On June 15, 2009, I remember when I was walking toward s the Dollar Tree store, I ran into a long time (best) friend. At first I did not recognize him because of his shaggy appearance and light weighted skinny body (appeared to weigh below 100lbs).  Before I walked in the doors of Dollar Tree, something in my spirit told me to call out his name: “ C***-*” . So, I turned around and yelled out his name with heartbroken tears streaming down my face. I didn’t question him about how he ended it up the way he did. I can only remember that the very last time I saw him which is  before I went to Louisiana back around(  1990) the time his mother had died .  However, I immediately ask him do he needed anything out in the store.  And all “ C***-*”  asks was for was  “Water”. In my mind, I couldn’t just get water. So that day, I forgotten about myself and shop for a best friend who was there for me during my toughest times throughout the earlier years.  I had just cashed my pay check that day and used half of my pay check to shop for things he needed for survival (outdoors) and care for at least 2 months. You ask why? Because, he was my best friend! Not to mention  I bought that amount of food and other necessity, because I wasn’t for sure if he wouldn’t  or would let me  take care of him back to my house or take him back to the house his mother have left him . Especially, after I had already asked him about still living in the house his mother left him and his sister after she died.   After we shopped, I gave him extra cash to last him 2 months as well. It is a funny thing. I did not think of myself at all. All I was thinking about was helping my friend and had an attitude that payday will come around again.  Before we departed ways… I tried my hardest to get “ C***-*” to let me take him home or to let me take him to my house for couple of days since he was off work.  “ C***-*” would not hear of it.  I was trying to convince him for 30 minutes before he gave me a hug of appreciation and proceeded to walk away. Before “ C***-*”, reached to the street light, I drove up beside him and gave him my number to call me if he need me for anything , especially for emergency.  “ C***-*” took my number  and 4 additional numbers to self help organizations  which I wrote on a huge sheet a paper so he wouldn’t forget it. As we departed ways, I have immediately call the self-help organizations and gave them my friend’s name and his description, including my contact information just in case he reaches out to either one of them.  Until this day, I often (when I could) go back to the same Dollar Tree;  go by his mother’s house  including saying  “Hi” to his sister and call those same organizations  who always say “ C***-*” have not been register or  there have not been  show for help from him. But I do remember his sister told me couple weeks ago that “ C***-*”  started coming back to visit once a week but refuse to stay home and don’t try to find him. Because  when he doesn’t want to be found, it is hard to find him when he eludes us all. “ C***-*”  sister went on to say that “ C***-*” has never been the same since their mother died.  I know when I am out sometimes in the community and even though I don’t see “ C***-*” , I see people like him.  Right now – like before, I may not have much. But I am willing to give my last penny even if I have to do without that day or week . I guess it’s because my best friend and my dad will always be on my mind when I have the spirit to give.  Even before my dad died, I use to hop out my car in the middle of the street to give him a hug ;give him money and try to encourage him to go home  to family like I had tried with “ C***-*” . Even though they both refused…. They taught me 2 lessons : 1) Always keep my giving spirit ; 2) and despite how life turn out , keep walking forward.  But my lesson for  everyone out there in the world is  to be mindful and always remember  there is always a chance YOU can walk in their shoes – THE HOMELESS !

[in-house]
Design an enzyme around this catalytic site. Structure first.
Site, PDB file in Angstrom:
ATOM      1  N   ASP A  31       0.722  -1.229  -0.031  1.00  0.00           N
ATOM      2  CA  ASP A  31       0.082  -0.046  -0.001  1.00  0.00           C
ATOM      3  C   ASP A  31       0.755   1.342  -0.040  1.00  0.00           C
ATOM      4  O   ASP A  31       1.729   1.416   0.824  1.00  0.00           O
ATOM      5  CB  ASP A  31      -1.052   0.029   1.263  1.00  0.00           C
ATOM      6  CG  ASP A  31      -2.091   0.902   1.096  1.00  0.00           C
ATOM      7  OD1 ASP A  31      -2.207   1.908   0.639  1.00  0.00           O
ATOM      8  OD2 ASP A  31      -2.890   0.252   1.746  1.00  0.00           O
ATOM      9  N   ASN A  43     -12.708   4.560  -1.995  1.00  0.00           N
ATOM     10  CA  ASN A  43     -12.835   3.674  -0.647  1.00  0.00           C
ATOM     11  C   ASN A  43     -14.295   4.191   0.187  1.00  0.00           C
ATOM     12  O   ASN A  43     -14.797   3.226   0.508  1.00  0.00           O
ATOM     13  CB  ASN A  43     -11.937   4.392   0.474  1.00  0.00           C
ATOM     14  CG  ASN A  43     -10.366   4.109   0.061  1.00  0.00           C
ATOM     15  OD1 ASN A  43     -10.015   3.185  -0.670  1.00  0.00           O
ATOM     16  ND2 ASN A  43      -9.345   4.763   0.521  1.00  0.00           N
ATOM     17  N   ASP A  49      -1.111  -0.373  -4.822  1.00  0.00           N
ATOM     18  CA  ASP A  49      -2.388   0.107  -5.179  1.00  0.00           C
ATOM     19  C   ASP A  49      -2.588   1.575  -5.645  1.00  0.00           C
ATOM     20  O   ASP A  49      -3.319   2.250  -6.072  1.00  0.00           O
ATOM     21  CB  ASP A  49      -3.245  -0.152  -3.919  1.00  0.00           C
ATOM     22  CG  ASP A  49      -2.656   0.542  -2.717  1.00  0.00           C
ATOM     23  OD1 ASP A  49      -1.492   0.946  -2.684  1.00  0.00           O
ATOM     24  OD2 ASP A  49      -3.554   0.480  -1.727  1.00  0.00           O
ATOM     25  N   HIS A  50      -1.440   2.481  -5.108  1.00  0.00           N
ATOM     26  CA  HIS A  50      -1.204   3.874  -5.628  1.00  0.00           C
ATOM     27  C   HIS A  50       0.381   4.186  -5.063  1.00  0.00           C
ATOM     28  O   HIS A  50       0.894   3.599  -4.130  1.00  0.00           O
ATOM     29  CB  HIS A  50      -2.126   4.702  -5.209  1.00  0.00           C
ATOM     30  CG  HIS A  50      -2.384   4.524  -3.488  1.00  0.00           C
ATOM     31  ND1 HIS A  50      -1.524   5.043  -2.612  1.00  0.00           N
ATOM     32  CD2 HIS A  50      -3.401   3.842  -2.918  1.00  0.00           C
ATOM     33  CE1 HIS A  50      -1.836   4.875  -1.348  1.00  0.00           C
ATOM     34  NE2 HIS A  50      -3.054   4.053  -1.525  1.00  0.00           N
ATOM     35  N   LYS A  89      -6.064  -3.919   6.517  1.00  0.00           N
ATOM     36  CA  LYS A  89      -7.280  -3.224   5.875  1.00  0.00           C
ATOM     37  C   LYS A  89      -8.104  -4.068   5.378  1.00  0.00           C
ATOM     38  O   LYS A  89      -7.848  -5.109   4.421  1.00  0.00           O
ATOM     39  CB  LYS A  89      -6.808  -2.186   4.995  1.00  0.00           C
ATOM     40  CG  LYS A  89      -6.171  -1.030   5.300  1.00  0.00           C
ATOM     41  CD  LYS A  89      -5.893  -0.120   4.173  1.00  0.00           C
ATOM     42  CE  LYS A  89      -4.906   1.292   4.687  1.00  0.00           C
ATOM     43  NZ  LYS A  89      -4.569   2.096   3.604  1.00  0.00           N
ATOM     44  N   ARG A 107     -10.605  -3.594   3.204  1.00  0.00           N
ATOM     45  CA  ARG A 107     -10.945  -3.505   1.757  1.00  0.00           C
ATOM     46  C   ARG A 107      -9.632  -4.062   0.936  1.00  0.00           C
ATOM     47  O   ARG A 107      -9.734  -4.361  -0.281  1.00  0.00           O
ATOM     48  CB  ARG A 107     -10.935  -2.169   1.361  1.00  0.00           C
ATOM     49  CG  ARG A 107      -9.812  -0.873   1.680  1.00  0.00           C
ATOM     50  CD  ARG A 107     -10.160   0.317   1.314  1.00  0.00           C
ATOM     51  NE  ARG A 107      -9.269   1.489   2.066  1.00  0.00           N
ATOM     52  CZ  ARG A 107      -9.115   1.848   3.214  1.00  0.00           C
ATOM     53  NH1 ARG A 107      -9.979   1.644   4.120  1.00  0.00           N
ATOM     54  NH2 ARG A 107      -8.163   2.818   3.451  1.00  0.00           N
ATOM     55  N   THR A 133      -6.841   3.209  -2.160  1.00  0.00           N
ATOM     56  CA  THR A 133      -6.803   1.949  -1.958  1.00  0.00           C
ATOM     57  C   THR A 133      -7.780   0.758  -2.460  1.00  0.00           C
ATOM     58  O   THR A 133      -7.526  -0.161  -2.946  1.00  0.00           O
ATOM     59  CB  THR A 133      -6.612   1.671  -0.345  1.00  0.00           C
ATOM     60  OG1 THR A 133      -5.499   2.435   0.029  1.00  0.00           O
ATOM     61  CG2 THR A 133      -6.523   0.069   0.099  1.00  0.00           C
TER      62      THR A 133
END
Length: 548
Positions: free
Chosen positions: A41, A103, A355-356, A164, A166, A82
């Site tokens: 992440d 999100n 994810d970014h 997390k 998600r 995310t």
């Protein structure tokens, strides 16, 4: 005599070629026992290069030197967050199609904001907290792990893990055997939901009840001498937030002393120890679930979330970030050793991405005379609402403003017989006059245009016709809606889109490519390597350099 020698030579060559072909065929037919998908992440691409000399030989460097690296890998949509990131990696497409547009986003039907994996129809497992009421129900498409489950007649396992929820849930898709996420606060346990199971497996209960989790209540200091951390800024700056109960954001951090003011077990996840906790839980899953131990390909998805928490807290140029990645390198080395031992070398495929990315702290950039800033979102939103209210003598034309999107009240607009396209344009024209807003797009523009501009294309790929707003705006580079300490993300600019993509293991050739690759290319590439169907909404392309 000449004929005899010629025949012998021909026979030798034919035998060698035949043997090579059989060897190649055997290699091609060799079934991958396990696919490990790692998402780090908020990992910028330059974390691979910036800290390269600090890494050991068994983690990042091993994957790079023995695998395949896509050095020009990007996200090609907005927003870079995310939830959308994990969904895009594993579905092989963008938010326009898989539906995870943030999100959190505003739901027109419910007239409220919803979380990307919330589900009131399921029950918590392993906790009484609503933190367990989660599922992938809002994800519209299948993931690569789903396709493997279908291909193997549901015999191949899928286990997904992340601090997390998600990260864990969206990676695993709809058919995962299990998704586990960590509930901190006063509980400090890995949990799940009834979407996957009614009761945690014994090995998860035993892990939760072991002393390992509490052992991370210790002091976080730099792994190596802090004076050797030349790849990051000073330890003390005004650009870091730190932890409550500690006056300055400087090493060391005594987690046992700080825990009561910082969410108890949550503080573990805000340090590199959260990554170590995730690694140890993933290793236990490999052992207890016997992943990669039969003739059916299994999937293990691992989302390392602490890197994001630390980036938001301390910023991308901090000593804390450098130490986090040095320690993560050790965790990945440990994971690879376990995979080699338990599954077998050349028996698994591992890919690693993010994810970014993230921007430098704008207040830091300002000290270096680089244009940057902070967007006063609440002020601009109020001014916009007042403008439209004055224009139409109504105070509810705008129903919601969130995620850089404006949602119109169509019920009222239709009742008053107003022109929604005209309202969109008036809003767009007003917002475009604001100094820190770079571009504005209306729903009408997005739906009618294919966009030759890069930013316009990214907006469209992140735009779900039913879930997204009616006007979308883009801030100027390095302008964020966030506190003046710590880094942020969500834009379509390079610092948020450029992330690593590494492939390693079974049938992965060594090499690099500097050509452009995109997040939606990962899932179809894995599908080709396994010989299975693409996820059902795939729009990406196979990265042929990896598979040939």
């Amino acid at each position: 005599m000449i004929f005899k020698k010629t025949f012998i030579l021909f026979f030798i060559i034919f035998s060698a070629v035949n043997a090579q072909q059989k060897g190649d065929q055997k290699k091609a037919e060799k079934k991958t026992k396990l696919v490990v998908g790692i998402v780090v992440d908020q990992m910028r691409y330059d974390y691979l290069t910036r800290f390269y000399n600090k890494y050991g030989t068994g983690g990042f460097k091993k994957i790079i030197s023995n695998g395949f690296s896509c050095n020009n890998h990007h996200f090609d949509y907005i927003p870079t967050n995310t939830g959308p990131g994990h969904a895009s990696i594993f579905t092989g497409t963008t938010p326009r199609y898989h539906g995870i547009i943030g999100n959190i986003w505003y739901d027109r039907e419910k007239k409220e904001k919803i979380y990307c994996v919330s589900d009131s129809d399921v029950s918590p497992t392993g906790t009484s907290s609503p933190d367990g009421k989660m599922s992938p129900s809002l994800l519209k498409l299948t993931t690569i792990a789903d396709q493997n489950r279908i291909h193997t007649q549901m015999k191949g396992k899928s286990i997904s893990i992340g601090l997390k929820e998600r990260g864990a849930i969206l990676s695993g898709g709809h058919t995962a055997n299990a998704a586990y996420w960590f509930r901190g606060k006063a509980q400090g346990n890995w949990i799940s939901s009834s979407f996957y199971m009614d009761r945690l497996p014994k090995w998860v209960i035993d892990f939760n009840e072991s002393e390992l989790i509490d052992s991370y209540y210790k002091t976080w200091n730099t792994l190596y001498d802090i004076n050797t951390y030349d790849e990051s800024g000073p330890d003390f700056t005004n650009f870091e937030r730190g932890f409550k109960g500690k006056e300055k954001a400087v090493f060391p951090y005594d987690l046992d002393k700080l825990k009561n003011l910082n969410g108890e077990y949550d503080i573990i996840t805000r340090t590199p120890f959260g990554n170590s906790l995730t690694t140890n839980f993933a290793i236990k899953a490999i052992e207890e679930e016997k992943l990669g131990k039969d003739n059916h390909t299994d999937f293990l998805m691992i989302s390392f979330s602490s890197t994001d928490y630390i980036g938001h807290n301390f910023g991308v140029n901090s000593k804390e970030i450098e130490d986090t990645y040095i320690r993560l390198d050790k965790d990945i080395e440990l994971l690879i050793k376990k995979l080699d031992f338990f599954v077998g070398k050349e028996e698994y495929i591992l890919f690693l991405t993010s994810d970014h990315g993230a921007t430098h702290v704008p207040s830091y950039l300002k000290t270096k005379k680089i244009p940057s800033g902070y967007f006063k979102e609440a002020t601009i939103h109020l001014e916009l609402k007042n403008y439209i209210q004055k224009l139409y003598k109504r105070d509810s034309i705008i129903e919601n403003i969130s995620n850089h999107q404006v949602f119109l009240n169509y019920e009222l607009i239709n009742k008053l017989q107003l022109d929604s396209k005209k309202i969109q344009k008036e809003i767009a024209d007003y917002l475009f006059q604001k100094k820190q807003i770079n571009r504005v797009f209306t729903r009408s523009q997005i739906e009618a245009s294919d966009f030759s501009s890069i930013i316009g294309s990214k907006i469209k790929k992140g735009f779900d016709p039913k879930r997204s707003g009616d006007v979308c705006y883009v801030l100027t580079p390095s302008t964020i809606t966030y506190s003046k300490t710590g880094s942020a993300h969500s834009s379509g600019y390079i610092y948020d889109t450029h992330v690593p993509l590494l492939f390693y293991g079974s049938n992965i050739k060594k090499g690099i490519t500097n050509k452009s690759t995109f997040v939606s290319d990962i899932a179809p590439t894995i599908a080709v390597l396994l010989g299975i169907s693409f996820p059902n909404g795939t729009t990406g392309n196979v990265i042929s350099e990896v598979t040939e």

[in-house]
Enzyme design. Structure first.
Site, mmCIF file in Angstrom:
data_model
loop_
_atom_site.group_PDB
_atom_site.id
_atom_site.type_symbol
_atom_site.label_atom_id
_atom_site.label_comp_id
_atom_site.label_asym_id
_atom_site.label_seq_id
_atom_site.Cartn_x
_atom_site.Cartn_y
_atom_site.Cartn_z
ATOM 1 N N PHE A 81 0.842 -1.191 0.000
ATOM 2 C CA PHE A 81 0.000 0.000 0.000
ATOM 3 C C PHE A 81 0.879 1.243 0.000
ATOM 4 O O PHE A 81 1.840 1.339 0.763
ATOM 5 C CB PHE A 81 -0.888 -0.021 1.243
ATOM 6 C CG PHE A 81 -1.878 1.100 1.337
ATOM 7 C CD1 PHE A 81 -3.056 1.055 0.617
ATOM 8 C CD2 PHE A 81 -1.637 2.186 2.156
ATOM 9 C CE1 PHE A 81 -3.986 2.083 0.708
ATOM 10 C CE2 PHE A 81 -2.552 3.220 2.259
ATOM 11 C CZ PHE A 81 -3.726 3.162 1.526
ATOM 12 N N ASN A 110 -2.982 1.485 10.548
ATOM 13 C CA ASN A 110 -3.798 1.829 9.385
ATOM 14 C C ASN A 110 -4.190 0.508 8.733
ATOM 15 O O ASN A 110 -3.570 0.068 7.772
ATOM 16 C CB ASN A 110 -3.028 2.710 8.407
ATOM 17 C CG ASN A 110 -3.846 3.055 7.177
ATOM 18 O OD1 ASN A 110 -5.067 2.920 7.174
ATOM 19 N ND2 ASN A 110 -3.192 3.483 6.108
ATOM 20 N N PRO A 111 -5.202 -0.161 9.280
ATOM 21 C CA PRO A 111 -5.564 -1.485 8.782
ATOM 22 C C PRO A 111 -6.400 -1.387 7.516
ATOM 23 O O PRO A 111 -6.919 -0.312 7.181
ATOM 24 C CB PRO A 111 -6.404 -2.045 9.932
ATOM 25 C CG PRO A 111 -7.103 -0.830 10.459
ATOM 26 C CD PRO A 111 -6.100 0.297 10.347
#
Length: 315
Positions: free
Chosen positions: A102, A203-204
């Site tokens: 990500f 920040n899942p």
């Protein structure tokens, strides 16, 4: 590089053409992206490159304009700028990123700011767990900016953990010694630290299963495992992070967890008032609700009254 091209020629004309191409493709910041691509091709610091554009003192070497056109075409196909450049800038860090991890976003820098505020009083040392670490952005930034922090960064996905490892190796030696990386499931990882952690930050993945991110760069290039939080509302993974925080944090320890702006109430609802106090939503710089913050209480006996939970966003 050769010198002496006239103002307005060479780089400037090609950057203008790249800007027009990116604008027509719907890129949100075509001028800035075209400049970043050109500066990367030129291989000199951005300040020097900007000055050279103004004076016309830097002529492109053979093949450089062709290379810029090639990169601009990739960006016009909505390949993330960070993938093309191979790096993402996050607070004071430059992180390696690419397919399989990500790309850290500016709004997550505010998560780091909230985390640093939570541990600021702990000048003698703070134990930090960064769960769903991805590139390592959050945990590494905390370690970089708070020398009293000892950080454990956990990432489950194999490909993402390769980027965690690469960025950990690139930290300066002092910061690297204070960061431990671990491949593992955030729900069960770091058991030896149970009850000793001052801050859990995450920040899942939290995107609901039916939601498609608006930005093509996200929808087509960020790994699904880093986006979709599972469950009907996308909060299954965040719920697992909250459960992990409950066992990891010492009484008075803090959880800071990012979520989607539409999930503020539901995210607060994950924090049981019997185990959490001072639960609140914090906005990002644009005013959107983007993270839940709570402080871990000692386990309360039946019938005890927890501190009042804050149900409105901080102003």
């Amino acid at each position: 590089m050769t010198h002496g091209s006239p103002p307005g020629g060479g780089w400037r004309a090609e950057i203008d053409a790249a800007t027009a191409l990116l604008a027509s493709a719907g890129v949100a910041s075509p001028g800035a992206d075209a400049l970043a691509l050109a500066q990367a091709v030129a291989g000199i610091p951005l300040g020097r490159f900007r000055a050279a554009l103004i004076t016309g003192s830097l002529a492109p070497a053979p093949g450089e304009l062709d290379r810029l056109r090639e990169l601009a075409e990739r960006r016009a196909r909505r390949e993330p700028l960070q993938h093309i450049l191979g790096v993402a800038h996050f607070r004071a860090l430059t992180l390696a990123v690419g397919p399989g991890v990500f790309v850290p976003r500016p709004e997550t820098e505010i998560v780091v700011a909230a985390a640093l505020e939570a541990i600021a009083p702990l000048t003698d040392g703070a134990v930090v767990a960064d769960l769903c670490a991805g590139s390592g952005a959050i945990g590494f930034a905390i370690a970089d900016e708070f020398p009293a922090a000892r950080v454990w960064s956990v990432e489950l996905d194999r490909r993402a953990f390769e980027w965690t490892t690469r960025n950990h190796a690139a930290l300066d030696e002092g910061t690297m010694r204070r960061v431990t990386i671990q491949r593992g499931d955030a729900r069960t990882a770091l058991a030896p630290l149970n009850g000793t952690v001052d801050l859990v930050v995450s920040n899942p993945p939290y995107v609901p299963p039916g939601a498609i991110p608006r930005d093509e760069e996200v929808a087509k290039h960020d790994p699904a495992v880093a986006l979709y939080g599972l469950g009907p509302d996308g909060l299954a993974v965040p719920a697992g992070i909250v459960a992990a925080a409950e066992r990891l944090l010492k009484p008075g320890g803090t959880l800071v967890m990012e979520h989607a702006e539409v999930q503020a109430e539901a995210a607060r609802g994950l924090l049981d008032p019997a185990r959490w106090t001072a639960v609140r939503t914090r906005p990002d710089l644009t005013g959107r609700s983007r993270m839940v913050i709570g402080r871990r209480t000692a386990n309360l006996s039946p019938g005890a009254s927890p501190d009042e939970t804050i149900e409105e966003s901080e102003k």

2 SELECTIVE   REPORTS on homeless